From day one in Computer Science, you are taught to avoid code duplication. You are explained why it is better if a piece of code is wrapped in a function. I’m sure you were also told many times that you should keep your code DRY.
This is sound advice, and most of the time it is true that code duplication will harm your code. Have you ever had to fix a bug twice? I have, and that’s not fun for anyone.
However, the problem is that you are never taught what code duplication actually is or why you should be fighting it. Here is the thing: code duplication doesn’t matter. What truly matters is knowledge duplication, and that’s what you should be on the lookout for as it is most likely the programmer’s number one enemy. It will cripple your code base faster than anything else I know.
Here is what knowledge duplication looks like :
I have seen a similar line of code incur 8 months worth of work (paid with your taxes, thank you very much). Have you spotted the duplication yet?
To perform this if() you need to know the type of ID. That knowledge belongs within the User class only. Extracting that information outside of the User class causes knowledge duplication, even though there is no code duplication. What if you wanted to add a new type of ID? Remember ISBN-10 vs ISBN-13?
What’s the solution? Easy, that’s what we have encapsulation for!
Now you make no assumption whatsoever on the type of ID. It could support both integers and strings and have some kind of mechanism to convert from one to the other. It could also use some alternative ways to check the ID depending on the context. You don’t know and you don’t care now that this knowledge is encapsulated in a single place in your codebase.
It is true that, in most cases, the main symptom of knowledge duplication is code duplication. But it is merely that, a symptom. It would be a logical fallacy, a converse error, to assume that all code duplication is caused by knowledge duplication. Code duplication may actually be desirable when it is not stemming from knowledge duplication.
Imagine you have a chunk of 7 lines of code that is located in two different places in your codebase. What does that tell you?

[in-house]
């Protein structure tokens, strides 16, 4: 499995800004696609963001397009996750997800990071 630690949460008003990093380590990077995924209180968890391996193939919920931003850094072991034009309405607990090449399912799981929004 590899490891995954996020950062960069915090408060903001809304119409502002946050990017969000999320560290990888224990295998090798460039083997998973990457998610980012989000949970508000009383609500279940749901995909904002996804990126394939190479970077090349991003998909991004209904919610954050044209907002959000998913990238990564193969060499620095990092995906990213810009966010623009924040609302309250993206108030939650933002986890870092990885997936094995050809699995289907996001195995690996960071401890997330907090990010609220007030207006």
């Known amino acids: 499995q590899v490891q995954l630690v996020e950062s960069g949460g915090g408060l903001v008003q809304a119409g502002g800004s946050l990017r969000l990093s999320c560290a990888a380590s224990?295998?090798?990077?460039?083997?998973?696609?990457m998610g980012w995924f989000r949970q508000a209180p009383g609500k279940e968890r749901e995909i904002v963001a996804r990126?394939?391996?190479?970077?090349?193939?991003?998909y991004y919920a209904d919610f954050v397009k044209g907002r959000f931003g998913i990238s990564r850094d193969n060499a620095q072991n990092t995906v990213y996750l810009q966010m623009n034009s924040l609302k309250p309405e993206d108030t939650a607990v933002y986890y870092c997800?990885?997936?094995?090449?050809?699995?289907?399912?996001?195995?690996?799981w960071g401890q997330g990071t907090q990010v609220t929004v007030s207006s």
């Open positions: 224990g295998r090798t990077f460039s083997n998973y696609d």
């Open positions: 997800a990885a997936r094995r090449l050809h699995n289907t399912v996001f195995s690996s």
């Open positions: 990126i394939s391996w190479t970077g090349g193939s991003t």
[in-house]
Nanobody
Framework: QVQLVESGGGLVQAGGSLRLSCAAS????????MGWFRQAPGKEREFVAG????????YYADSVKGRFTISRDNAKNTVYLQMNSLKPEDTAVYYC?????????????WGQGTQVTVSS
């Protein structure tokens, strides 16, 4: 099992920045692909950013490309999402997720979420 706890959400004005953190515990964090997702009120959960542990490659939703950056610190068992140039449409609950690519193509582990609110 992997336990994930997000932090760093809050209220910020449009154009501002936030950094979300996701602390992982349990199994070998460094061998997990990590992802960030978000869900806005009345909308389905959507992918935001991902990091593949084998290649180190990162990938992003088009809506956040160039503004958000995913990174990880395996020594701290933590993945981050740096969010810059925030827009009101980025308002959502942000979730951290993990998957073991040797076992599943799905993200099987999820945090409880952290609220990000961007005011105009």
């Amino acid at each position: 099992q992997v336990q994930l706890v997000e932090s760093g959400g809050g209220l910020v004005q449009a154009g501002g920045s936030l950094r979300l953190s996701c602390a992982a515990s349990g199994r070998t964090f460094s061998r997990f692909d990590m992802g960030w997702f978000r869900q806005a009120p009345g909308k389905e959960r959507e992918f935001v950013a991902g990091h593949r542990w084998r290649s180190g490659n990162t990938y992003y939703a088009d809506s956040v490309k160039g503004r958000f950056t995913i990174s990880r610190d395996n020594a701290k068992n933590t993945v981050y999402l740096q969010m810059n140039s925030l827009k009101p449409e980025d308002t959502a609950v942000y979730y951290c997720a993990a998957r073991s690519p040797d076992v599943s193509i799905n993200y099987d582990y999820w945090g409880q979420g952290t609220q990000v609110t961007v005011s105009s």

Nothing. That’s the catch. It could be duplicated knowledge, in which case you know what to do. But think it through: what else could it be?
It could merely be lines of code appearing identical at the moment, but are destined to evolve in time to fulfil two very distinct needs. Encapsulating them together would lead you to run into the programmer’s second worst enemy: wrong abstractions. Yeah, programming is cruel that way; you can dodge a bullet by diving into a shark infested pool.
The solution to this is trickier however. If you are sure these lines of code are there for two vastly different reasons, don’t try to abstract them! Wrong abstractions quickly lead to problems such as throw NotImplemented(“you can’t do this on this implementation!”) or switch cases using instanceof.
If you are unsure whether this is knowledge duplication, then your guts and experience are pretty much all you have left. Many arguments from the SOLID principles can be used to help you here, but they are not definitive answers. Re-reading about the Liskov Substitution Principle would not be a waste of time.
If you are sure these chunks of code have a different purpose; leave them be. Or maybe abstract the common part in both (if there is one), but don’t overdo it.
Next time you see code duplication, think twice before angrily smashing your expensive DAS keyboard. But if you see knowledge duplication, you are hereby licensed to kill it on sight!
Interestingly, a similar argument could be made about coupling! This could be the subject of an upcoming article: Stop trying to decouple your code.